February 12, 2014 / 12:00 AM / in 4 years

Panama Canal says talks ongoing with consortium to resume project

By Lomi Kriel
    PANAMA CITY, Feb 11 (Reuters) - The Panama Canal's
administrator said on Tuesday it was holding ongoing talks with
a building consortium led by Spain's Sacyr aimed at jumpstarting
a stalled project to expand the waterway, which ran aground amid
a dispute over massive cost overruns.
    The Panama Canal Authority said in a statement that the
talks were focused on resuming construction work on the
multi-billion dollar project, which the consortium halted last
week, a timetable of deadlines for work to be completed and
fresh financing from the parties.
    Nearly 6 percent of global trade passes through the
century-old canal.
    Talks are also centered on extending a moratorium on
repayments of advances made to the consortium, as well as the
date of delivery of massive doors for a new set of locks being
    The companies working to widen the Panama Canal and the
waterway's administrator on Friday each made new proposals aimed
at reviving the major public works project. 
    "We remain open to all the options contemplated in the
contract, taking each step in a calm and measured way," canal
administrator Jorge Quijano said in a statement.
    The overall canal expansion project was originally slated to
cost about $5.25 billion, but the overruns could increase that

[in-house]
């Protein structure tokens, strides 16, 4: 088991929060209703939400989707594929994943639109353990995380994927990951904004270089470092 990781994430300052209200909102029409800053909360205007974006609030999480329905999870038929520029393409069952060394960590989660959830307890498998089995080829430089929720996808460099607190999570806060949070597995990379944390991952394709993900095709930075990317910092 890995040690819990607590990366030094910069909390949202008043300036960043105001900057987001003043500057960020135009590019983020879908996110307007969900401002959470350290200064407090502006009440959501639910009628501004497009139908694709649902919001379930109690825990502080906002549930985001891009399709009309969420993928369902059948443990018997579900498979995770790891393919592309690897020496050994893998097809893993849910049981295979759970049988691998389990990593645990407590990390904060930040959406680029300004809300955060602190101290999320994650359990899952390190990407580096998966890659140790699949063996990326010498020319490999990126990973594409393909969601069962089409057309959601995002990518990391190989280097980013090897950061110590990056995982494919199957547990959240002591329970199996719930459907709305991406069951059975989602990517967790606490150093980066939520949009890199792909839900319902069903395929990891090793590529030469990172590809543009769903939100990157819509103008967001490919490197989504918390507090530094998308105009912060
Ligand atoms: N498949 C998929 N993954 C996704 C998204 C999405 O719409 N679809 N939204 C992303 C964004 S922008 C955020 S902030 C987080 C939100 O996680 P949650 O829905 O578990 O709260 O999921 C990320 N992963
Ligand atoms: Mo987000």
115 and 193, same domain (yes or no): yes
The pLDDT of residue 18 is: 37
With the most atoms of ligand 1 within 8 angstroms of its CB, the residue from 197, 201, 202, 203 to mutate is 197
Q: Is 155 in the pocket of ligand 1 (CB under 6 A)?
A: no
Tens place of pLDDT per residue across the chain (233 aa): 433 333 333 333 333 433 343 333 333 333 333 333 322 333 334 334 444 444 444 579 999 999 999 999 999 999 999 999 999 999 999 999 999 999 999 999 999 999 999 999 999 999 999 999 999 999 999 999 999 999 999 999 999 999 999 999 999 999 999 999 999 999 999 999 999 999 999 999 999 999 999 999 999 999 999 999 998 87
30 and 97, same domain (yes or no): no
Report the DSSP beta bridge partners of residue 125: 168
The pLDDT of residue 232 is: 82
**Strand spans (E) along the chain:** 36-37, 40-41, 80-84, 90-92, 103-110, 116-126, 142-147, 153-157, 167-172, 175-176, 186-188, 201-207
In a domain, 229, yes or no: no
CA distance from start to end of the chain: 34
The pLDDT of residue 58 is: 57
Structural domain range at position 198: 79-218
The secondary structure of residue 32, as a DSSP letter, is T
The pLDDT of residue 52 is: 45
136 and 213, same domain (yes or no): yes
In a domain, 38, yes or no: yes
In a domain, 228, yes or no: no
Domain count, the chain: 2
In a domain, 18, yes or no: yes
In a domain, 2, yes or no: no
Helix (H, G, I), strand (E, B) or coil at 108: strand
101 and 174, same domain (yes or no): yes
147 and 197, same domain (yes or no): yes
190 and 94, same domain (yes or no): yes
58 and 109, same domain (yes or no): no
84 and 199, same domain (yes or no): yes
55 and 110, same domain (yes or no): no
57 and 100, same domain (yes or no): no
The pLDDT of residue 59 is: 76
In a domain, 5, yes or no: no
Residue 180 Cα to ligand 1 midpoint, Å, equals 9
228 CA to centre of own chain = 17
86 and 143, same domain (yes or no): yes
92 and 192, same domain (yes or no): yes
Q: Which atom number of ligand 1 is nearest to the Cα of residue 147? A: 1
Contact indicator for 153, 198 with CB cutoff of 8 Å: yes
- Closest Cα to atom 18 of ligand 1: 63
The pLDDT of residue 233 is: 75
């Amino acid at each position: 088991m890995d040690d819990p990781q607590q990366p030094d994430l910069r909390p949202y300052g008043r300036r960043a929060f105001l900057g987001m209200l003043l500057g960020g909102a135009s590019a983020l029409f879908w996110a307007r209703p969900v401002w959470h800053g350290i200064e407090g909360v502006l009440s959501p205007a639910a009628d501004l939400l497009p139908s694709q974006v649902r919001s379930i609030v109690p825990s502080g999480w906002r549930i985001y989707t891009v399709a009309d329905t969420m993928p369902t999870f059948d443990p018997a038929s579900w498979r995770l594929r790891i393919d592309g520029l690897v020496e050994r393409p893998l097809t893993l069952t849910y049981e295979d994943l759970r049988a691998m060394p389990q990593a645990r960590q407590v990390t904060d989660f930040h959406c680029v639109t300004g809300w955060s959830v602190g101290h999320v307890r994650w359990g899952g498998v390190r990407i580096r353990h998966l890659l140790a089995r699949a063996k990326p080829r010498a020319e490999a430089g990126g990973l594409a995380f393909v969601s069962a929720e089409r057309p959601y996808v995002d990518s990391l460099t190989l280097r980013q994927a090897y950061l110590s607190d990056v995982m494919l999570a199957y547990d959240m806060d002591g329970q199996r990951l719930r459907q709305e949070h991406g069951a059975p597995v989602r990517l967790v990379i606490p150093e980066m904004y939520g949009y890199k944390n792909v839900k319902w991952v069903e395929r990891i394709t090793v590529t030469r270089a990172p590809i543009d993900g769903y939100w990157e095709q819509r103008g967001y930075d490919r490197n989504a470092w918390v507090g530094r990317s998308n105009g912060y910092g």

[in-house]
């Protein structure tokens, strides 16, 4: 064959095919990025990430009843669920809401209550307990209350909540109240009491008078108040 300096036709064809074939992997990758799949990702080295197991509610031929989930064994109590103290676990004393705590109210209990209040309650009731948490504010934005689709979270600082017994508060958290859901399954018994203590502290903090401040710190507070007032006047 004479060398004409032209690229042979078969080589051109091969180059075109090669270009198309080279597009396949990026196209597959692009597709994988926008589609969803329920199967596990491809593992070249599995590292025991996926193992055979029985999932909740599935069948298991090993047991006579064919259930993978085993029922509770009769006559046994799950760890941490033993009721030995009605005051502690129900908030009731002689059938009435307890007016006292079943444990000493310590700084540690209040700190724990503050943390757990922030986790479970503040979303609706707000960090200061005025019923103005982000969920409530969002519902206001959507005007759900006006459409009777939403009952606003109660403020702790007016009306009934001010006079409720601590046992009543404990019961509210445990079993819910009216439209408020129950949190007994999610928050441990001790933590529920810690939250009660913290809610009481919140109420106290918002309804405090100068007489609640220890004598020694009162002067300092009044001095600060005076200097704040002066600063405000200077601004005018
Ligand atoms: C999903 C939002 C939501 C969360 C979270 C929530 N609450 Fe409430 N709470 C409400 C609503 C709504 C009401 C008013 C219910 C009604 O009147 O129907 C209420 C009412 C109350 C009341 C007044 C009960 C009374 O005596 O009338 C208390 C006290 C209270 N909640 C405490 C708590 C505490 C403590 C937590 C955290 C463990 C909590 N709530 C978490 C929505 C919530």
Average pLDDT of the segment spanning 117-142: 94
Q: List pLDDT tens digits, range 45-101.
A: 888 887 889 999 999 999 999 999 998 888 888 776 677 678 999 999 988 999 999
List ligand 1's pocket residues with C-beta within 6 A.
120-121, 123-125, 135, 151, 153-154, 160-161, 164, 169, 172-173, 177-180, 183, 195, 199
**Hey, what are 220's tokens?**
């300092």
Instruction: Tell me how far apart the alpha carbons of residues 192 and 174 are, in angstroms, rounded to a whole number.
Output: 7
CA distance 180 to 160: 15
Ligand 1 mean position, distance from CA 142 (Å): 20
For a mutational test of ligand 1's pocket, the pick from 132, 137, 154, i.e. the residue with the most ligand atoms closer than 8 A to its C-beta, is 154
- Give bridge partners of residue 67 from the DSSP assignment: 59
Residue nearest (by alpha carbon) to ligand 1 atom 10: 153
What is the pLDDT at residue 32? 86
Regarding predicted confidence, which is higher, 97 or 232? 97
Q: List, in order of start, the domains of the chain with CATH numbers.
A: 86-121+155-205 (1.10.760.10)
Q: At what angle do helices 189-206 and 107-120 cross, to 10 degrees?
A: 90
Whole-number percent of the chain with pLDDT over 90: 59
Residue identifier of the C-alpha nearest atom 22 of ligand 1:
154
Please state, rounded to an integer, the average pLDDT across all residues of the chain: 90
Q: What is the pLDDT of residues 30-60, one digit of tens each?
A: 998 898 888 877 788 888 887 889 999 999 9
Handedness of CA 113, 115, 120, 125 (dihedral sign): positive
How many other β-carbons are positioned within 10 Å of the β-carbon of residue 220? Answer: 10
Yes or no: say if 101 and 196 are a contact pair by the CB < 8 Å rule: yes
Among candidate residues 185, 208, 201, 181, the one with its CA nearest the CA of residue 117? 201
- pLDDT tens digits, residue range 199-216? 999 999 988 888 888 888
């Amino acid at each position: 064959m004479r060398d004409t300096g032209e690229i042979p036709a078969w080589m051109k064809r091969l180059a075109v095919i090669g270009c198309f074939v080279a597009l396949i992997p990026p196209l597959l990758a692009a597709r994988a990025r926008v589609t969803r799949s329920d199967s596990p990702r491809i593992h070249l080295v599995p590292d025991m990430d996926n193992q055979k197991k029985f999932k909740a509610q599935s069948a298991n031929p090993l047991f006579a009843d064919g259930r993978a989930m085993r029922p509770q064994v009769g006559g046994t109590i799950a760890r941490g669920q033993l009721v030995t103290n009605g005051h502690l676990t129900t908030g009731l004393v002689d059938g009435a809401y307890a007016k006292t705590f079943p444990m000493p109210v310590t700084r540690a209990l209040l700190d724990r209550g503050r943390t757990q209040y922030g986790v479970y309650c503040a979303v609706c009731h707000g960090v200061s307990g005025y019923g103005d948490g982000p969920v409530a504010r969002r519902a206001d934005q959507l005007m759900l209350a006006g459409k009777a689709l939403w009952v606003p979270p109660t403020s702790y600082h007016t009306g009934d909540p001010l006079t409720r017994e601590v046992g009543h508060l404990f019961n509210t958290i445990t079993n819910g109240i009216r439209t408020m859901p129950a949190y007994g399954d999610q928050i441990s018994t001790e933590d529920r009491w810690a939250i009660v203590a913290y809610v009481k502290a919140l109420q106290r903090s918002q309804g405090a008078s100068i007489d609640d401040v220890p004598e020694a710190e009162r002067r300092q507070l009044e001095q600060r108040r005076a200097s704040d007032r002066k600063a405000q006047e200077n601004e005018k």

to nearly $7 billion.
    It was not immediately clear whether the two sides were
converging toward a deal. The canal authority has vowed to
complete construction in 2015, with or without the consortium,
and has warned it could rescind the contract and find another
company to complete the remainder of the project.The Panama Canal Authority and the consortium, led by
Spanish builder Sacyr, have been locked in a bitter
feud over costs for weeks that threatens a prolonged, expensive
    The consortium, which bid $3.12 billion for its contract to
build a new set of locks, wants the Canal to pay for $1.6
billion in cost overruns, and the two sides are seeking ways to
keep finances flowing in the meantime.
    Disputes over the expansion of the Canal began soon after
the consortium won the bid. At the time, officials and diplomats
expressed concerns over the consortium's ability to complete the
project since its bid was $1 billion lower than that of the
nearest competitor.
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